If you look at a map of the Bellarine Peninsular, you will see Point Henry about 8 kms east of Geelong. It is a narrow strip of land which projects outwards in a northerly direction, dividing Corio Bay from Outer Harbour. Near the end of the strip there is a bluff and below this, the land drops away, forming a natural holding area for livestock. If you stand on top of the bluff and look northwards towards the You Yangs, you will see a view unchanged from the time our ancestors arrived.

The Bellarine Peninsular was originally called Indented Head. The township of Indented Head came much later. There were 2 towns with the name Bellarine, so finally to avoid confusion, one became Drysdale. The latter was also called Tuckfield for some years. Geelong was surveyed in 1838 and its eastern limit was Boundary Road.

Corio Bay has a large sandbar in it which creates problems for shipping. The shipping channel used in the early days was across the bay from Point Henry, near Point Lillias. It has always needed to be dredged. Today, the Hopetoun Channel, which was officially opened in 1892 and which comes in very close to Point Henry, is used. Early shipping records indicate whether ships docked at Melbourne or Geelong but did not usually differentiate between Geelong and Point Henry.

Research by historian, Susie Zada of Ocean Grove, suggests that a vast percentage of early passenger ships arrived at Point Henry rather than Geelong. She considers that ships heavier than 220 tons, landed at Point Henry.

In 1836, land was reserved at Point Henry for a Customs House and by 1837, customs people, and police had been assigned to the area. A township grew up to service the needs of the arriving passengers. There were houses, hotels, churches, schools and warehouses.

By 1876, 175 people resided at Point Henry. There were jetties on either side of the point to facilitate loading and unloading of ships.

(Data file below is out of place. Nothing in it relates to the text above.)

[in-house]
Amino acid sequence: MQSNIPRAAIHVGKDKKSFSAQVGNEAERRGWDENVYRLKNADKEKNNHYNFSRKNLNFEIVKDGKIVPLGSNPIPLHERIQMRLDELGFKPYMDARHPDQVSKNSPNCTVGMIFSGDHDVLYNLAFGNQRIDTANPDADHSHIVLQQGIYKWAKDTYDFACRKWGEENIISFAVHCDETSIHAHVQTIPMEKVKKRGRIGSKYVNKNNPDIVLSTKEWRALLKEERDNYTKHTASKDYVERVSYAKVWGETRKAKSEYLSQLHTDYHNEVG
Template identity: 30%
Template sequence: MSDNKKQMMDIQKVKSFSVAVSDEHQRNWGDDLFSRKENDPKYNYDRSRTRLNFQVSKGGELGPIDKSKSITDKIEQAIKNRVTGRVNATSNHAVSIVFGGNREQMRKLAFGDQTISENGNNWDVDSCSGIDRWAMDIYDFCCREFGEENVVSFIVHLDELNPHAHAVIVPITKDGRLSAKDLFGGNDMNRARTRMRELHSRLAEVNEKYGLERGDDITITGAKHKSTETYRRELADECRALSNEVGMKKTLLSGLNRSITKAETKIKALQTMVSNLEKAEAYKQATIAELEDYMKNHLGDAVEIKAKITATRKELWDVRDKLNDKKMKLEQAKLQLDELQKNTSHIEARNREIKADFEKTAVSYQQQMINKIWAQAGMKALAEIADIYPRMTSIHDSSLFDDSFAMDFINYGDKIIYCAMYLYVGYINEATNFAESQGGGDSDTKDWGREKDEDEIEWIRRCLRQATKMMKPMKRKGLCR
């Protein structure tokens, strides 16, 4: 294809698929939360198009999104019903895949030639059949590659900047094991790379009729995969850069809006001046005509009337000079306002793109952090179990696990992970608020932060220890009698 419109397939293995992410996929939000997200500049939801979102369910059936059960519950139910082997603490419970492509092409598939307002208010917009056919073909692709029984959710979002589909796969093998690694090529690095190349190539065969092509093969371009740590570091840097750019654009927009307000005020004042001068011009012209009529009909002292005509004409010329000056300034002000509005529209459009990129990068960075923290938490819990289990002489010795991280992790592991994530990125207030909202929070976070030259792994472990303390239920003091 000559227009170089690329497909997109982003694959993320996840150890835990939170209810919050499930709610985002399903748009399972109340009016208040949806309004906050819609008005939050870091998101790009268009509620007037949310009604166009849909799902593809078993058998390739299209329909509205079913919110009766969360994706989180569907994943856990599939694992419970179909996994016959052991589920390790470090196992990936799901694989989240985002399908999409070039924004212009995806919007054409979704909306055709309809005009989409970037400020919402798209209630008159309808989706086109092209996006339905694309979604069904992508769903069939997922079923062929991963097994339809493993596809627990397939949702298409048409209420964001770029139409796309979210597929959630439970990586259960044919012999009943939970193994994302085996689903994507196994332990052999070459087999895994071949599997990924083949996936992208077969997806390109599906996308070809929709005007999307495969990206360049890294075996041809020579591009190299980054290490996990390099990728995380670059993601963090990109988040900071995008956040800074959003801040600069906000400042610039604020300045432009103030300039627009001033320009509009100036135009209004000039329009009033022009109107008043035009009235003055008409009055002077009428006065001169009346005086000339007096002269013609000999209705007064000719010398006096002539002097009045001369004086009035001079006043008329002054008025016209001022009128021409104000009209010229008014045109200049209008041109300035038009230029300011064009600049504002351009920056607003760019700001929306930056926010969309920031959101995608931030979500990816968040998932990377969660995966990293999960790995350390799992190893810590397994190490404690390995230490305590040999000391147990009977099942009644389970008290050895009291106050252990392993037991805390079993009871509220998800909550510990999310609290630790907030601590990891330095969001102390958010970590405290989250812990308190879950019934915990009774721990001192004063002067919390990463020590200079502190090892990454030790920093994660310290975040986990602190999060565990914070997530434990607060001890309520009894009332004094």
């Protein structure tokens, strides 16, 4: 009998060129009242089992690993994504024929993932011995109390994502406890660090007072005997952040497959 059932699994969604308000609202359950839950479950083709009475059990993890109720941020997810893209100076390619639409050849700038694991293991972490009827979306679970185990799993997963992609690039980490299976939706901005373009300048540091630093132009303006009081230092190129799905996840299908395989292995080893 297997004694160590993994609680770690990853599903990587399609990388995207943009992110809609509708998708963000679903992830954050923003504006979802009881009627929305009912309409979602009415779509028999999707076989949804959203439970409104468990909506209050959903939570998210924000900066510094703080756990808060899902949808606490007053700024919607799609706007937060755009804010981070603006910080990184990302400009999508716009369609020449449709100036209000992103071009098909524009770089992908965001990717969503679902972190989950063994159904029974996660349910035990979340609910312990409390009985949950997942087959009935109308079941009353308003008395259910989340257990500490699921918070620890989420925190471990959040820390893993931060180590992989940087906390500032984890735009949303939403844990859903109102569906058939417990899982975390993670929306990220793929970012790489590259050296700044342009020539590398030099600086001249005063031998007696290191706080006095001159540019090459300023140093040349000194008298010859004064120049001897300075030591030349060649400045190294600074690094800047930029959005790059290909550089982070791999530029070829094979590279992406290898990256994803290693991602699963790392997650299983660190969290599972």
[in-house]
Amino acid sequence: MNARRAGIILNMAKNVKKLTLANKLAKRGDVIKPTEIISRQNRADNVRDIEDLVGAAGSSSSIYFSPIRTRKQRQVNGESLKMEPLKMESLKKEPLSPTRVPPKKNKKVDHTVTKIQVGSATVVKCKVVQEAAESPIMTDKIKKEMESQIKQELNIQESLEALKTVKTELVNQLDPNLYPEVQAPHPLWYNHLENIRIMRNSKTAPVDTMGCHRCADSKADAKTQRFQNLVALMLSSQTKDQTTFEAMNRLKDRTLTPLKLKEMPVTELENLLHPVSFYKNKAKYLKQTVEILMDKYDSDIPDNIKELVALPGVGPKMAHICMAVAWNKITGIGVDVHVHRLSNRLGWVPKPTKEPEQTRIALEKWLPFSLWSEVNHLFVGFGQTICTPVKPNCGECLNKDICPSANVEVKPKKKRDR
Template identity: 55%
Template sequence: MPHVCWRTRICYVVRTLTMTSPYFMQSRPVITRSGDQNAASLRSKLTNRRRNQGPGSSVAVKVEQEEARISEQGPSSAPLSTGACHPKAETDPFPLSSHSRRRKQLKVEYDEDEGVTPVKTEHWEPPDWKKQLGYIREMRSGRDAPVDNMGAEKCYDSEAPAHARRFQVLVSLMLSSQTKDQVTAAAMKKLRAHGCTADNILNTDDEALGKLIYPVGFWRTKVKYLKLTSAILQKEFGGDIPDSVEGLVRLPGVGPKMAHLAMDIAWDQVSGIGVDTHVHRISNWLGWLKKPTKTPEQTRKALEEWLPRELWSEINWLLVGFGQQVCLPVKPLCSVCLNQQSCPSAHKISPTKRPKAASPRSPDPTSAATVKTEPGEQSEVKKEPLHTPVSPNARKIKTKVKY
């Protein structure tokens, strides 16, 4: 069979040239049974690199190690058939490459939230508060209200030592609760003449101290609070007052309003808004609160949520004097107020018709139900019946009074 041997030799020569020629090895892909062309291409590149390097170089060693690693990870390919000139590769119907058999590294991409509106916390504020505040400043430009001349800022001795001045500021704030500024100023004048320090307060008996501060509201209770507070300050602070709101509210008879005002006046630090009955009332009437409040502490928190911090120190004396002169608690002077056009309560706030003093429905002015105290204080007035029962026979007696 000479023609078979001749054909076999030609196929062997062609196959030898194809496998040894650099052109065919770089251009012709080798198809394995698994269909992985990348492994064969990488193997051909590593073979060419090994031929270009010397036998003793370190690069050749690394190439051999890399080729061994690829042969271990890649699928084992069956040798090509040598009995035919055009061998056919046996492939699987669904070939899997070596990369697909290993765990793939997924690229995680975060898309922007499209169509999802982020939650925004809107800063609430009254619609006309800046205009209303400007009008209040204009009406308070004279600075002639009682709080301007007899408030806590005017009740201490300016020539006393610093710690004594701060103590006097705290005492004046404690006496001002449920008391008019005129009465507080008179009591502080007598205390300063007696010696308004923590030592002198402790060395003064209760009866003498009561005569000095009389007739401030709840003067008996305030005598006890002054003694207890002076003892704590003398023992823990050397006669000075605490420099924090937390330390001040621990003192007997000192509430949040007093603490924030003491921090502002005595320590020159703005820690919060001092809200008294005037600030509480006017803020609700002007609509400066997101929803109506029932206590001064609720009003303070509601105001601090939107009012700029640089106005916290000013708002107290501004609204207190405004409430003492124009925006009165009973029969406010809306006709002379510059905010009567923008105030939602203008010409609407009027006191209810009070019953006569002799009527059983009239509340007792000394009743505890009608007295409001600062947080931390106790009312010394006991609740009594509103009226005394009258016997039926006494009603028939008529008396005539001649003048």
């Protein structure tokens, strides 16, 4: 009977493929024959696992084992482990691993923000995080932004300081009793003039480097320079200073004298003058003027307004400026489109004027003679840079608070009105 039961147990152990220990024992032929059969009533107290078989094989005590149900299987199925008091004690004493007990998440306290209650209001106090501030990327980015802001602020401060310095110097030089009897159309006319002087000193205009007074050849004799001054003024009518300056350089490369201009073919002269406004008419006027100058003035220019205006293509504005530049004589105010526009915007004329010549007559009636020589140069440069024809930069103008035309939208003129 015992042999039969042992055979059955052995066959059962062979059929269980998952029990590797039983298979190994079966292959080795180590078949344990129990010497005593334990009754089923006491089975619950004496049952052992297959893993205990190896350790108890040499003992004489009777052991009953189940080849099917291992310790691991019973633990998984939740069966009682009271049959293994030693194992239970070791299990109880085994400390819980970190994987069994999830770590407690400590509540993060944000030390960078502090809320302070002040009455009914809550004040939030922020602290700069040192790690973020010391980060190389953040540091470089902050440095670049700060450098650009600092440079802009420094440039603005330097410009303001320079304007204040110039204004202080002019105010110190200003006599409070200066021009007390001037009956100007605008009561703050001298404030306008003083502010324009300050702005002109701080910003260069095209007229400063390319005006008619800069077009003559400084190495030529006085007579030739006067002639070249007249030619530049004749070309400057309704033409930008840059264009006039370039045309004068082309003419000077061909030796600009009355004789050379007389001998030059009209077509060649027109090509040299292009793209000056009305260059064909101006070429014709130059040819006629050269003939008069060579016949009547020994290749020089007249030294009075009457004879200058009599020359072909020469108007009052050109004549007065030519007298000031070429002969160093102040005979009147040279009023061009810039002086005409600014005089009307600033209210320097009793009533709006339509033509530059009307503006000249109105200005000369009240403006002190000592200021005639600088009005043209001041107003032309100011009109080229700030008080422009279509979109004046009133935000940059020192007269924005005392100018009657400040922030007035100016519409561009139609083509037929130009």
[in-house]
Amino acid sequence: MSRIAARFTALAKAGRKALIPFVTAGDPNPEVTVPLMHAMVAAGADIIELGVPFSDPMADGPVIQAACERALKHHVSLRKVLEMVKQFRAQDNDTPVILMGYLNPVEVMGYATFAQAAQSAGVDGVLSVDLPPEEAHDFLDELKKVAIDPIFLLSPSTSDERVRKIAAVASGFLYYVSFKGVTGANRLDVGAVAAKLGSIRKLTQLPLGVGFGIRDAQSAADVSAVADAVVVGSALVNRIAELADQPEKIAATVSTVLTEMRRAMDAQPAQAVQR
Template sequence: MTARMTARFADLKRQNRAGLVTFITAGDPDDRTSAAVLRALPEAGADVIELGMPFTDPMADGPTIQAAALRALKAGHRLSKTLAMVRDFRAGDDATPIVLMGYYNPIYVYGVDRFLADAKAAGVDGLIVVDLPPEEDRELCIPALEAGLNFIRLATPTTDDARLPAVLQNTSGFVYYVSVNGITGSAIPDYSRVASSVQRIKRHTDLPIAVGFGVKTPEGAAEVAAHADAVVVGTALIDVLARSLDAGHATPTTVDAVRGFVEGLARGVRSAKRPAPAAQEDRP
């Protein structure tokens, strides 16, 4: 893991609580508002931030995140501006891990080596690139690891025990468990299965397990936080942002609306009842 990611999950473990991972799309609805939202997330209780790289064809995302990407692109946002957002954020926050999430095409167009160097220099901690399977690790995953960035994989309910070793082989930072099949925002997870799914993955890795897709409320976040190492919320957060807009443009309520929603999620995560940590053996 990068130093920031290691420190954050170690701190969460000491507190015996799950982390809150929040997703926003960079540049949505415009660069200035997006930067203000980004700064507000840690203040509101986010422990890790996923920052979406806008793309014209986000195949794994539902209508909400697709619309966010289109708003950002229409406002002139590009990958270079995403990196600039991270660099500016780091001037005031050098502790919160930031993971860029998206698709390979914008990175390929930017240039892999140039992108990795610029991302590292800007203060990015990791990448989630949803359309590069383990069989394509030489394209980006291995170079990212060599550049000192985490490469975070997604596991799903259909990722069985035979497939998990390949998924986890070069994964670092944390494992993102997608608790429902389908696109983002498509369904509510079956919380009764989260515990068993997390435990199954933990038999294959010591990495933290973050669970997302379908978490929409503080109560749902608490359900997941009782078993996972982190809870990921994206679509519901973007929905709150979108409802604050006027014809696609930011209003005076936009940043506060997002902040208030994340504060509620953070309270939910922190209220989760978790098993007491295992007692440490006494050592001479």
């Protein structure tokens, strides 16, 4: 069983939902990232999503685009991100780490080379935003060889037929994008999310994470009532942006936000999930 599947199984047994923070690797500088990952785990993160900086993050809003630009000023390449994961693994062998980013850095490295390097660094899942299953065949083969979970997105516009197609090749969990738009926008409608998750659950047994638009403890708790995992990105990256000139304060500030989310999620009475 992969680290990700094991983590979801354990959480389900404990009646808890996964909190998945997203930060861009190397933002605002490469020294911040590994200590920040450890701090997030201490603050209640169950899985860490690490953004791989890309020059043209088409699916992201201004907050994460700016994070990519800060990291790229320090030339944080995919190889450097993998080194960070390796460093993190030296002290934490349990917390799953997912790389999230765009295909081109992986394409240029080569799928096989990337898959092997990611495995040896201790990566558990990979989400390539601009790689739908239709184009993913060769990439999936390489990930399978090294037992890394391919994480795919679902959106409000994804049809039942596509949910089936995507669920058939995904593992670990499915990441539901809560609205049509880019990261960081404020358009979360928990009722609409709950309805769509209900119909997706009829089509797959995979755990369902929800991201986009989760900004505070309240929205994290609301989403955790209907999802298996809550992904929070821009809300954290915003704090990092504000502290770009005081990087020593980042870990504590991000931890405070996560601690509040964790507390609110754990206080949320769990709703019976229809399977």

An early sketch of Geelong shows Point Henry in the background with a considerable number of ships tied up to its jetties. Susie Zada has found articles in the "Geelong Advertiser", and also diary entries that talk of the cost of travelling from Point Henry to Geelong by horse and waggon. This was often greater than the cost of the voyage out from England.

Farms in the Western District were soon producing grain and wool for export and the first shipment of wool for London, left Point Henry in 1840.

Eventually, Point Henry became a place for recreation. It became popular for its tea gardens. In 1890, over the summer months, 22,000 visitors from Geelong visited Point Henry, and an astonishing figure of 55,000 visitors came from Melbourne. Most people travelled there via the bay steamers.

There was music, entertainment, jugglers, foot races, and pony races for children. The Victorian Tea Garden which opened in 1871, advertised hundreds of shade trees, refreshments, a spacious luncheon room, fresh water, picnic areas, rotundas for dancing and a wine shop with 20,000 bottles of wine. It also had a camera obscura*. This novelty was a permanent octagonal-shaped building which might accomodate about 6-8 people at a time for viewing purposes.

Today, the tea gardens have gone. Evidence of the Cheetham Salt works, established in 1888 on reclaimed land, still exists and the area is an important breeding ground for migratory birds.

The Alcoa Company, whose factory occupies much of the land and the Bellarine Historical Society are discussing the possibility of a commemorative plaque to mark the landing site of our early settlers at Point Henry.

* 'camera' Latin for room, 'obscura' Latin for dark. Originally used for viewing solar eclipses without damaging the eyes. Later, used for portraiture. Source: "A Concise History of Photography" by Helmut & Alison Gernsheim.

(The Above is a Report on Susie Zada's Address at the General Meeting on 14th September 2002)

Contributed by Jan Hanslow (PPPG Member No. 1057)

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